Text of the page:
Central Coast on display during 11th annual Plein Air Festival this week

This week’s 11th Plein Air Festival puts a spotlight on the landscapes of the Central Coast and the artists who capture them

September 30, 2012 

  • PLEIN AIR FESTIVAL

    Sept. 30 through Oct. 7 (Exhibition and sale starts Friday)

    San Luis Obispo Museum of Art, 1010 Broad St., San Luis Obispo

    543-8562, http://www.sloma.org  

Golden beaches. Lush forests. Rolling hills.

The beauty of the Central Coast is officially on display at the Plein Air Festival, which kicks off tonight with a welcome party at the San Luis Obispo Museum of Art.

Now in its 11th year, the festival features a full week of activities, including an art exhibition, a poetry and film night, and a talk by Bay Area painter Richard Lindenberg. Saturday’s popular Quick Draw event finds festival artists racing against the clock to create paintings in just a few hours; the results will be available for sale via live auction.

Below, we take a closer look at three of the local painters participating in this year’s festivities.

BRUCE EVERETT, TEMPLETON

“Late May in the Carrizo,” 2012, 11-by-17 inches

Bruce Everett typically spends his time painting large-scale, realistic landscapes in his barn-size Templeton studio. So he relishes the chance to create something a little more intimate.

“For someone who’s spent up to three years on a painting in the past, the idea of spending three hours on a painting is wonderful … and invigorating,” said Everett, who is participating in the Plein Air Festival for the first time this year.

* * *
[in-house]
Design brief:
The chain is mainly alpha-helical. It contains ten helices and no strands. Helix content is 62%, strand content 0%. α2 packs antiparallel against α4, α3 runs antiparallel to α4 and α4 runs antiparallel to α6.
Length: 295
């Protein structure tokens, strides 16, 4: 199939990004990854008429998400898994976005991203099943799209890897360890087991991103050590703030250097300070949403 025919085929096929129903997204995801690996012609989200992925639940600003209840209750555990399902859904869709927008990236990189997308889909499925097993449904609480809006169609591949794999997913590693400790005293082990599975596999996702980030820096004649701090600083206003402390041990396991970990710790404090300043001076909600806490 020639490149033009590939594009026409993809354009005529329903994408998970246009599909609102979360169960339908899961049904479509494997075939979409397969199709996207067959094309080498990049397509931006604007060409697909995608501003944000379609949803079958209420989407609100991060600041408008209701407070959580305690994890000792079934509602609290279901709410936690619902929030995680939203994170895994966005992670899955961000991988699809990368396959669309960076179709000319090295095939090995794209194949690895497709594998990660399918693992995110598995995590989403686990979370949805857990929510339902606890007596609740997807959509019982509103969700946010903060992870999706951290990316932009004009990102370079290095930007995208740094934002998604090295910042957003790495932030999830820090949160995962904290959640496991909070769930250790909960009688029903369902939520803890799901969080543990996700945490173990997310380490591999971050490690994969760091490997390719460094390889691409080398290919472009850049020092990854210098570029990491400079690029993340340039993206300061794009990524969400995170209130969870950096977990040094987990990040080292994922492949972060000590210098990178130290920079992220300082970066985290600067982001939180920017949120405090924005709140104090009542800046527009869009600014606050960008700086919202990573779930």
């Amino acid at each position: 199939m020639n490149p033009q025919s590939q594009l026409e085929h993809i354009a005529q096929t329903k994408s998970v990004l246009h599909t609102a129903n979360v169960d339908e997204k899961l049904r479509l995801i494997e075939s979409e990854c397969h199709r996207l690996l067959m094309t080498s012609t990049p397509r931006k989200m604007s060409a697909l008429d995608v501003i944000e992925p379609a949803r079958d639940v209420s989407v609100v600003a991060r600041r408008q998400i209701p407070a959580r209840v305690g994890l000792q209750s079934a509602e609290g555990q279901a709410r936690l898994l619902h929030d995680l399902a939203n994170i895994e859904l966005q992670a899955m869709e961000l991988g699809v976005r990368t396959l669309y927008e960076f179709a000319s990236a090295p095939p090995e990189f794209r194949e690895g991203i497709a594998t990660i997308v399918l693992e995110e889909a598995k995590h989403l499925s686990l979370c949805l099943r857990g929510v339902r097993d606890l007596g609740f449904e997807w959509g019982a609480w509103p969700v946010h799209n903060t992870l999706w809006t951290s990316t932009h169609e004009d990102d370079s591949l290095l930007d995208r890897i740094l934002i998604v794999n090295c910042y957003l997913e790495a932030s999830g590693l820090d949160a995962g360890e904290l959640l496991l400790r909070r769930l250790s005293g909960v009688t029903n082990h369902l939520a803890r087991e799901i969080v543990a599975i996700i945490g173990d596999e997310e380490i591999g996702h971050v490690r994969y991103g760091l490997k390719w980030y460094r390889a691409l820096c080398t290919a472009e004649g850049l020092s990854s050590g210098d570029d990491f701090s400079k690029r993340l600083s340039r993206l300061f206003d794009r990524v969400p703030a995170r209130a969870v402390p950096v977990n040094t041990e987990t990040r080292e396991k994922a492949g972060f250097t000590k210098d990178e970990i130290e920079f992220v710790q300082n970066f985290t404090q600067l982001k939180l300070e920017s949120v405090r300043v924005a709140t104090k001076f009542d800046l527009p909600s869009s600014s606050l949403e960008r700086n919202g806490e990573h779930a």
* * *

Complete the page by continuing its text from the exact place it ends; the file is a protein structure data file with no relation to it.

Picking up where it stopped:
Still, he added, plein air painting has its own set of challenges.

“You’re racing against the clock,” Everett explained, trying to capture constantly shifting light and weather conditions.

While working on “Late May in the Carrizo” during a camping trip to the Carrizo Plain, the painter found himself struggling to capture the morning sunlight illuminating a creek lined with wild sage.

“I couldn’t keep trying to chase the sun,” Everett said, so he decided to paint from memory instead.

Of course, those aren’t the worst conditions he’s faced.

Once, while working atop Cerro San Luis, Everett encountered a gale so powerful he nearly lost his painting. “I had to paint with one hand and hold the canvas with the other,” he recalled.

Everett has also dealt with pesky gnats in Los Padres National Forest and pushy cows at a Utah ranch. (“The cattle thought I was the rancher coming to feed them,” he explained.)

Still, he said, such distractions are all part of the plein air experience.

“Art is about being in the moment, and you can’t be much more in the moment than plein air,” said Everett, professor emeritus at California State University, Northridge.

KEN CHRISTENSEN, LOS OSOS

“Late Light, San Luis Obispo,” 2012, 24 by 30 inches

According to Los Osos artist Ken Christensen, plein air painters have to be constantly vigilant.

“Occasionally, you’ll see a scene and it’s almost what you’d call ‘readymade,’ ” Christensen said. “All the pieces click together.”